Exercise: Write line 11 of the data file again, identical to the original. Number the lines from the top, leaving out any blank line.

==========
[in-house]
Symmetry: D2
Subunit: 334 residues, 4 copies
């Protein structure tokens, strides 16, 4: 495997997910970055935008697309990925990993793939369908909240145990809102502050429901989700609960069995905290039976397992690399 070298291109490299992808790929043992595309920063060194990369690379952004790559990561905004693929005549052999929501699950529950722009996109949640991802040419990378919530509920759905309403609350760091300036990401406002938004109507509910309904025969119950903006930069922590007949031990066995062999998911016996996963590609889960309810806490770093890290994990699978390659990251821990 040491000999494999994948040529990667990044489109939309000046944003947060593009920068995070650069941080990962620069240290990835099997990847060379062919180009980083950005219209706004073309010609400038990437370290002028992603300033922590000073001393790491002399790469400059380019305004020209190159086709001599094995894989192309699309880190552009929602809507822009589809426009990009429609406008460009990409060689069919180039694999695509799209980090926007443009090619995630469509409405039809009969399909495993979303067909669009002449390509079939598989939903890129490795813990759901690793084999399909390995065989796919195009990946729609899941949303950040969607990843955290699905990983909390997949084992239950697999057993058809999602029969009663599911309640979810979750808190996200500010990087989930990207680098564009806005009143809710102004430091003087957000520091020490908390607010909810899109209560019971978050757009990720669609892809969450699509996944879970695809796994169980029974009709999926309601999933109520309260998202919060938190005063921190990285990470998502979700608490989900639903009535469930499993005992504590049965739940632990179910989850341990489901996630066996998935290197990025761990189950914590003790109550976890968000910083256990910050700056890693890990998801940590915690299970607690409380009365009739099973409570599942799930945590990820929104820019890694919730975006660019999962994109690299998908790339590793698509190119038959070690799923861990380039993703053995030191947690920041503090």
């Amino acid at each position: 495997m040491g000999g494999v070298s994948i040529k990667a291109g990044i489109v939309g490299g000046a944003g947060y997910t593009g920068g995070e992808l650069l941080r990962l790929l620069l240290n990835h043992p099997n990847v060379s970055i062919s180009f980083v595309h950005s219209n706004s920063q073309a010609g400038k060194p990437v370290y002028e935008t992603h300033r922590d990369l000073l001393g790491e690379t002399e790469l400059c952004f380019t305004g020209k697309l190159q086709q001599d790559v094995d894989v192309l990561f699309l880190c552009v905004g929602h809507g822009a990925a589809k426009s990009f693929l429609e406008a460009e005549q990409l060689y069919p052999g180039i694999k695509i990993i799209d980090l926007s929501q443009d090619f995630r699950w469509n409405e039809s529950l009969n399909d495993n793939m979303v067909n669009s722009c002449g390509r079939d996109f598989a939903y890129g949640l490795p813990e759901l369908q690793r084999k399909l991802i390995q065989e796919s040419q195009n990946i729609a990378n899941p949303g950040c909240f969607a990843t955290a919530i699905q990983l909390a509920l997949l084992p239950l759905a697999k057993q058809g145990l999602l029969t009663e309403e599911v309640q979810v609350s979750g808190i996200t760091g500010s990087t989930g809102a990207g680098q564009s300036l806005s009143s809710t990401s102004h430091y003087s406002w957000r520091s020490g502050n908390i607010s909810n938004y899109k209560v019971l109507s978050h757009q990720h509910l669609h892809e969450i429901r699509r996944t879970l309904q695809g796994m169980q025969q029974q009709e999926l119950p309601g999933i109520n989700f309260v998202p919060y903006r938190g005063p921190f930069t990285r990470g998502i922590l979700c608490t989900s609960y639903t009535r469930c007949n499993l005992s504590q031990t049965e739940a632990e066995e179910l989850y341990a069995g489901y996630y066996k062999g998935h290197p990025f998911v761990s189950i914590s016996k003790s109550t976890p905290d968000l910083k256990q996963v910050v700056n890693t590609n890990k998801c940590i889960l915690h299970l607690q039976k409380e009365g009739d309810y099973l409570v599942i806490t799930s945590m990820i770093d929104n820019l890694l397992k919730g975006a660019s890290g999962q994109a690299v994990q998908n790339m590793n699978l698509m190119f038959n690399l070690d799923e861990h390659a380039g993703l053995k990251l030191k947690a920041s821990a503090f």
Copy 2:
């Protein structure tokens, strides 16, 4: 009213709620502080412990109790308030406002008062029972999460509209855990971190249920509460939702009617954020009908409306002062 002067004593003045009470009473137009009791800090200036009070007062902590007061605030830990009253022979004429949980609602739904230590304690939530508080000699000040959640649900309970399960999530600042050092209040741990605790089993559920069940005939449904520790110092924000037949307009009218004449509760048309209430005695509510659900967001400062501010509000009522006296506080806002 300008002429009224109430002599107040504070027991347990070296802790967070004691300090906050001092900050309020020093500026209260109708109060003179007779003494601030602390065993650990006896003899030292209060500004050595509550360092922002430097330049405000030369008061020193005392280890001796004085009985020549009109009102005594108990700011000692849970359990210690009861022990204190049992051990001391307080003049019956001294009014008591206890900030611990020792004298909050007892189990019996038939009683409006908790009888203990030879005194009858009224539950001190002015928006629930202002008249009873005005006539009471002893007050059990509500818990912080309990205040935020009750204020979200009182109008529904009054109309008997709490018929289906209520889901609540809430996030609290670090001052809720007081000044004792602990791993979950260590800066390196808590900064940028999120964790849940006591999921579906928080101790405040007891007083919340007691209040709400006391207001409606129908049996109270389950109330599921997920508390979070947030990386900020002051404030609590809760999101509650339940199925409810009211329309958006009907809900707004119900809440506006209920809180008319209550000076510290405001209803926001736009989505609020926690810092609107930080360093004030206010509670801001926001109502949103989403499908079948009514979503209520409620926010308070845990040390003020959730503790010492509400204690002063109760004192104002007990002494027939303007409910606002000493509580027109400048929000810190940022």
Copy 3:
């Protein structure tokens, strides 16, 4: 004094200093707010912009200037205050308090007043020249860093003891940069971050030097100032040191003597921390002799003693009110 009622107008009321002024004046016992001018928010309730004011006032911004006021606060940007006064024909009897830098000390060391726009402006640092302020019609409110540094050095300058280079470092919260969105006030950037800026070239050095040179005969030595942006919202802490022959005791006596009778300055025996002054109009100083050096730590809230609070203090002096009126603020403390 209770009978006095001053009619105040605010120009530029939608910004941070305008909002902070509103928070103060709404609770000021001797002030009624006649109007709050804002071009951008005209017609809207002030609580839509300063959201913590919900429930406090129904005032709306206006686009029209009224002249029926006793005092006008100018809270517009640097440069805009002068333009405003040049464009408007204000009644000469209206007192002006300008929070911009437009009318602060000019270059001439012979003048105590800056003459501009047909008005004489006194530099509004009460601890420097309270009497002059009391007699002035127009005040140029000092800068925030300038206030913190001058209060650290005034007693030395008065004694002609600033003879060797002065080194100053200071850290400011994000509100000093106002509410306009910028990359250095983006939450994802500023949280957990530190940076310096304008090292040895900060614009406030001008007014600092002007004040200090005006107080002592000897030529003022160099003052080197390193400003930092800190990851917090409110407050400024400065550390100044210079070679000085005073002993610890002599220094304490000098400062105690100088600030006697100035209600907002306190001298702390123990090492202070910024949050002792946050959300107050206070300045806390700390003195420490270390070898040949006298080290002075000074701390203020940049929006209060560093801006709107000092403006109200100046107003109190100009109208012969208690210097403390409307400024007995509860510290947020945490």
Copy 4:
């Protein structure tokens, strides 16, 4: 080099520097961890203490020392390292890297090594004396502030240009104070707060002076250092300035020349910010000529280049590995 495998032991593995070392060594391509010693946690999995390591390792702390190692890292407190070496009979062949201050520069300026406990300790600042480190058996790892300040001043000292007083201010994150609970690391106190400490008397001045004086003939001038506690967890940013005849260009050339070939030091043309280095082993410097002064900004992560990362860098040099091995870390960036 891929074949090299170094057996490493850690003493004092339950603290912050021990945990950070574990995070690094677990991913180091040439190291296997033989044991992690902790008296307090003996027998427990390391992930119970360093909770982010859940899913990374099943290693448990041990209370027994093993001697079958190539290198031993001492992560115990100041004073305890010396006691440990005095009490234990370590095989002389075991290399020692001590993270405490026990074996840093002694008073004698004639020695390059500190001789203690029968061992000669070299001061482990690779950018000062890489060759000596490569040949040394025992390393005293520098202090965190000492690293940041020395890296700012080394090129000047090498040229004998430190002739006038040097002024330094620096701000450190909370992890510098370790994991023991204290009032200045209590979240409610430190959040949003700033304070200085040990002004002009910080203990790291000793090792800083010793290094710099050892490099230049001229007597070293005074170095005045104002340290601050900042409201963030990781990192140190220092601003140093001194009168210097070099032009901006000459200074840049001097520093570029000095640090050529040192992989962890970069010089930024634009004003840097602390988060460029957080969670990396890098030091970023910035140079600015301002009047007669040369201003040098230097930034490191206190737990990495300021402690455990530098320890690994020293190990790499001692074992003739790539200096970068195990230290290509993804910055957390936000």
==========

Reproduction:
């Protein structure tokens, strides 16, 4: 080099520097961890203490020392390292890297090594004396502030240009104070707060002076250092300035020349910010000529280049590995 495998032991593995070392060594391509010693946690999995390591390792702390190692890292407190070496009979062949201050520069300026406990300790600042480190058996790892300040001043000292007083201010994150609970690391106190400490008397001045004086003939001038506690967890940013005849260009050339070939030091043309280095082993410097002064900004992560990362860098040099091995870390960036 891929074949090299170094057996490493850690003493004092339950603290912050021990945990950070574990995070690094677990991913180091040439190291296997033989044991992690902790008296307090003996027998427990390391992930119970360093909770982010859940899913990374099943290693448990041990209370027994093993001697079958190539290198031993001492992560115990100041004073305890010396006691440990005095009490234990370590095989002389075991290399020692001590993270405490026990074996840093002694008073004698004639020695390059500190001789203690029968061992000669070299001061482990690779950018000062890489060759000596490569040949040394025992390393005293520098202090965190000492690293940041020395890296700012080394090129000047090498040229004998430190002739006038040097002024330094620096701000450190909370992890510098370790994991023991204290009032200045209590979240409610430190959040949003700033304070200085040990002004002009910080203990790291000793090792800083010793290094710099050892490099230049001229007597070293005074170095005045104002340290601050900042409201963030990781990192140190220092601003140093001194009168210097070099032009901006000459200074840049001097520093570029000095640090050529040192992989962890970069010089930024634009004003840097602390988060460029957080969670990396890098030091970023910035140079600015301002009047007669040369201003040098230097930034490191206190737990990495300021402690455990530098320890690994020293190990790499001692074992003739790539200096970068195990230290290509993804910055957390936000």